Youths in the House
By MIRANDA LA ROSE Tuesday, October 30 2012
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PATRICK'S MP: Youth MP for San Fernando East Simeon Moore, sits in the seat usually held by real San Fernando East MP Patrick Manning, yesterday durin...
IT WAS expected. “Government” used its majority in the Commonwealth Parliamentary Association (CPA) Youth Parliament to approve its motion that called for this country to take all measures to become a full member of the Extractive Industries Transparency Initiative (EITI).
After a full day of debate in the Youth House of Representatives, the vote was 29 in favour and 14 against. Forty-three constituencies were represented.
Among those in the gallery during the morning session and occasionally nodding approval or smiling broadly, as presenters made their point, were Speaker of the House Wade Mark, Minister in the Ministry of Finance Rudy Indarsingh, PNM MPs Nileung Hypolite and Fitzgerald Jeffrey and PNM Senator Faris Al Rawi.
It was obvious that the youth parliamentarians, drawn from secondary schools, the University of the West Indies, University of the Southern Caribbean and other institutions, had researched their topic and were on the ball as they made their points and rebutted.
According to Seon Raymond, Youth MP for Diego Martin Central, he saw no reason why TT should join an institution set up to deal with corruption in Nigeria. Noting that the United Kingdom was instrumental in the setting up of the EITI but, as yet, was not a member, he questioned why should TT want to be subjected to the EITI when it has mechanisms and institutions in place to deal with issues of accountability and transparency.
As he spoke another of his colleagues rose to his feet, but the Youth Speaker Isaiah Eastmond — who was kept busy as representatives referred very often to the Standing Orders, or, for using unparliamentary language — cautioned them that two persons cannot be on their feet at the same time.
According to Nathan Liverpool, Youth Minister of Arts and Multiculturalism, “just as water is essential to life, transparency is essential to Government.” The first thing that came to mind when one thinks about low transparency, he said, was corruption.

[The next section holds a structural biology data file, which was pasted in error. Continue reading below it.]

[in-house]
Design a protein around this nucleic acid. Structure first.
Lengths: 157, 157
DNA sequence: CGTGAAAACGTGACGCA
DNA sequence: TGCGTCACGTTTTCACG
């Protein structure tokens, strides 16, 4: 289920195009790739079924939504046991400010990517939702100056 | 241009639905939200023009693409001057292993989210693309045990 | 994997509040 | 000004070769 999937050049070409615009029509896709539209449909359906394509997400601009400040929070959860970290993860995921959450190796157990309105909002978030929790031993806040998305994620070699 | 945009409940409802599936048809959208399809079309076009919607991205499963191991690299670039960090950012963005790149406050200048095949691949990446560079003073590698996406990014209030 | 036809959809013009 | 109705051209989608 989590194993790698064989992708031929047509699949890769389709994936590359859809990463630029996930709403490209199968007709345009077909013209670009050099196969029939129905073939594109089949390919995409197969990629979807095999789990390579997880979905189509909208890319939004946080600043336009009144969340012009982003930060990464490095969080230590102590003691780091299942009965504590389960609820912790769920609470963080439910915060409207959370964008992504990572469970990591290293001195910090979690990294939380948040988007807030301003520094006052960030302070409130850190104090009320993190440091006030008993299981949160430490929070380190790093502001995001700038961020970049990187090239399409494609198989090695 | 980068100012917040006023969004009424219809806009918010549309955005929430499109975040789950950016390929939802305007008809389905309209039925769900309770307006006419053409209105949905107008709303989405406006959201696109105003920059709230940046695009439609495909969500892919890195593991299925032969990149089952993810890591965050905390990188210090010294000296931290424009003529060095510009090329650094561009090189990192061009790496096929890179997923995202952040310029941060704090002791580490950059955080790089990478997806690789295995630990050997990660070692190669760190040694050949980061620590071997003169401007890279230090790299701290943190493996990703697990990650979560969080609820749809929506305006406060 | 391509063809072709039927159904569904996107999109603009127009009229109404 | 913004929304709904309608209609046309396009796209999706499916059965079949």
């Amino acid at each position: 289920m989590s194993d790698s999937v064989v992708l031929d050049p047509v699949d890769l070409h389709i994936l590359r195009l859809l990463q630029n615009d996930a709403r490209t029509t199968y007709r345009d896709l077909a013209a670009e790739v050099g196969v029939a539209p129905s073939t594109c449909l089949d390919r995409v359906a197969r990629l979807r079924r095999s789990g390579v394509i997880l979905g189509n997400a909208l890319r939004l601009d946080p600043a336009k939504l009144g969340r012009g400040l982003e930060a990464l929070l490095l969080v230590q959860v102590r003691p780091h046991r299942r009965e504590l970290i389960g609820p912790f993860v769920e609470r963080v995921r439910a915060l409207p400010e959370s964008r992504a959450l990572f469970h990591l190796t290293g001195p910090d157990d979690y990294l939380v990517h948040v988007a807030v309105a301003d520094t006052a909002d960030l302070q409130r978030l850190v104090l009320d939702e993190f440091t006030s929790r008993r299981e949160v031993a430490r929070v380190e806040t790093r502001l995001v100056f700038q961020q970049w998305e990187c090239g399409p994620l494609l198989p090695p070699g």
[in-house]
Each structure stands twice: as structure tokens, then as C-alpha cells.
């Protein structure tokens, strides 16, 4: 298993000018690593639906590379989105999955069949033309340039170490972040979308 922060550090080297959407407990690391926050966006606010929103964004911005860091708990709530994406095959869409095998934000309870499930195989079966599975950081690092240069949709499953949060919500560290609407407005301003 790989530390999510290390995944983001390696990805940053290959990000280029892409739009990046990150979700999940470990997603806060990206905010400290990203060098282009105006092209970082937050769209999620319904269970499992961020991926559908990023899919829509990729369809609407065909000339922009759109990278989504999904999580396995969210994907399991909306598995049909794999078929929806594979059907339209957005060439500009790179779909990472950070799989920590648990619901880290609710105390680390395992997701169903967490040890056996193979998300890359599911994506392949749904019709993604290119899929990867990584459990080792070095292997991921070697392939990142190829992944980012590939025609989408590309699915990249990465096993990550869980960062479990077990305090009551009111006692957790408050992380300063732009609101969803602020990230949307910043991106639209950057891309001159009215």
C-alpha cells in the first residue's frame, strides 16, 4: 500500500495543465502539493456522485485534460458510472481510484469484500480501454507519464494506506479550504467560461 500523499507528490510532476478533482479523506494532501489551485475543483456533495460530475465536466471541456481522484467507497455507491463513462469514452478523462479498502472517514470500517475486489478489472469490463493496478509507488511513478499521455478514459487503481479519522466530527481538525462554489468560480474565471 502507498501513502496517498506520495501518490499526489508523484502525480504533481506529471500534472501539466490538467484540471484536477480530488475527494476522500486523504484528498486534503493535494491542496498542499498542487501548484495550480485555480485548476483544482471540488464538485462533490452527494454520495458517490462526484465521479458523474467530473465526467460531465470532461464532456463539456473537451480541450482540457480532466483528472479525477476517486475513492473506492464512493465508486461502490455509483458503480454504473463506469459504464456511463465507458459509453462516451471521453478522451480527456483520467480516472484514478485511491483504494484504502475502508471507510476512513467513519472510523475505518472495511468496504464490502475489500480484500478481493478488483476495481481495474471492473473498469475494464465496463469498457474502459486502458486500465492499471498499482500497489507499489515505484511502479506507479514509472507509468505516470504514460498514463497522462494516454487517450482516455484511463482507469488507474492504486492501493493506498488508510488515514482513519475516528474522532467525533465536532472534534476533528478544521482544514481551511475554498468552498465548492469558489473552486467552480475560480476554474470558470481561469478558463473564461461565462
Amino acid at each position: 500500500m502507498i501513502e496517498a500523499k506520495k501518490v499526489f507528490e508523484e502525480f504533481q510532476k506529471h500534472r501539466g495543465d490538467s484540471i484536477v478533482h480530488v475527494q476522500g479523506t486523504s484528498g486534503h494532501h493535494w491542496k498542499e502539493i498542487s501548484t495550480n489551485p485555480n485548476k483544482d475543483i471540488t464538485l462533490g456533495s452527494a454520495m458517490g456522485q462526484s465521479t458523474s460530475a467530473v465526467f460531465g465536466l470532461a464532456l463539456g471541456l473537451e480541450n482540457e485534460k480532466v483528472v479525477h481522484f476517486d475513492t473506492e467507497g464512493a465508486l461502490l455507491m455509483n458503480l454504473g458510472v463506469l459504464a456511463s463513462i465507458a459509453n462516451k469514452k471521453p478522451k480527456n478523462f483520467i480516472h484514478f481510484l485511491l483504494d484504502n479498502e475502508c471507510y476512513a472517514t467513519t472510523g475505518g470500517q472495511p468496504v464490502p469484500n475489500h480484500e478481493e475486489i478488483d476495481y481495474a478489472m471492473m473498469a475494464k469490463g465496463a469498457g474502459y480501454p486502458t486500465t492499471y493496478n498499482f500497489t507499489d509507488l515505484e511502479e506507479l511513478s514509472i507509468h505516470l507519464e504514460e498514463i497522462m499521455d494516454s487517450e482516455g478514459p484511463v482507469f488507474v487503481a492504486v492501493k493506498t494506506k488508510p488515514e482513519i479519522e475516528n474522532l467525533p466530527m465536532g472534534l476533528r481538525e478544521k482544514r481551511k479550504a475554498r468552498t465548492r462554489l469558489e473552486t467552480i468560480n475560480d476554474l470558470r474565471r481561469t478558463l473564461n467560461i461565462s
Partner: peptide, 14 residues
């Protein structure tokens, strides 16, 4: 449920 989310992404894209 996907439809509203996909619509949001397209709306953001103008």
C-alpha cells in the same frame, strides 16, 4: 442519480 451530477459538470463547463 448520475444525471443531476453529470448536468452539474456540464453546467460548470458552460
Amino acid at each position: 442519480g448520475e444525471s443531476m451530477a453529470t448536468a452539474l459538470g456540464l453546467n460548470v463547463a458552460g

Corruption, he said has a detrimental effect on a population resulting in among other things reduced economic growth, distortion in the allocation of resources. It also has a negative effect on the poor in terms of reducing their social safety nets, and bringing them out of poverty.
“(TT) does suffer from corruption,” he said. “We do have a lot of corruption here and it does affect us very negatively.”
To say the EITI was not applicable to TT, Youth Attorney General Lemuel Phillip said, transparency and accountability was not only required at the local level where the Board of Inland Revenue, Integrity Commission and other oversight institutions were in place, but at the international level to protect the country’s assets and to promote confidence in the economy and to boost investments.
Youth MP for Siparia MP and Prime Minister Michelle Roopnarine said the time had come to remove secrecy clause of State-owned companies accounts. “I don’t know why, we have to keep the accounts of the people a secret. The EITI is a tool. It is an investment,” she said, “and the key to a brighter future.”
Leader of the Opposition and Youth MP for Diego Martin West, Jeel Pierre, criticised Government MPs saying they kept repeating the same points and the Parliament does not know how TT will benefit from the EITI. “What we should have been debating,” he said, “was proper procurement legislation instead of debating membership of the EITI.”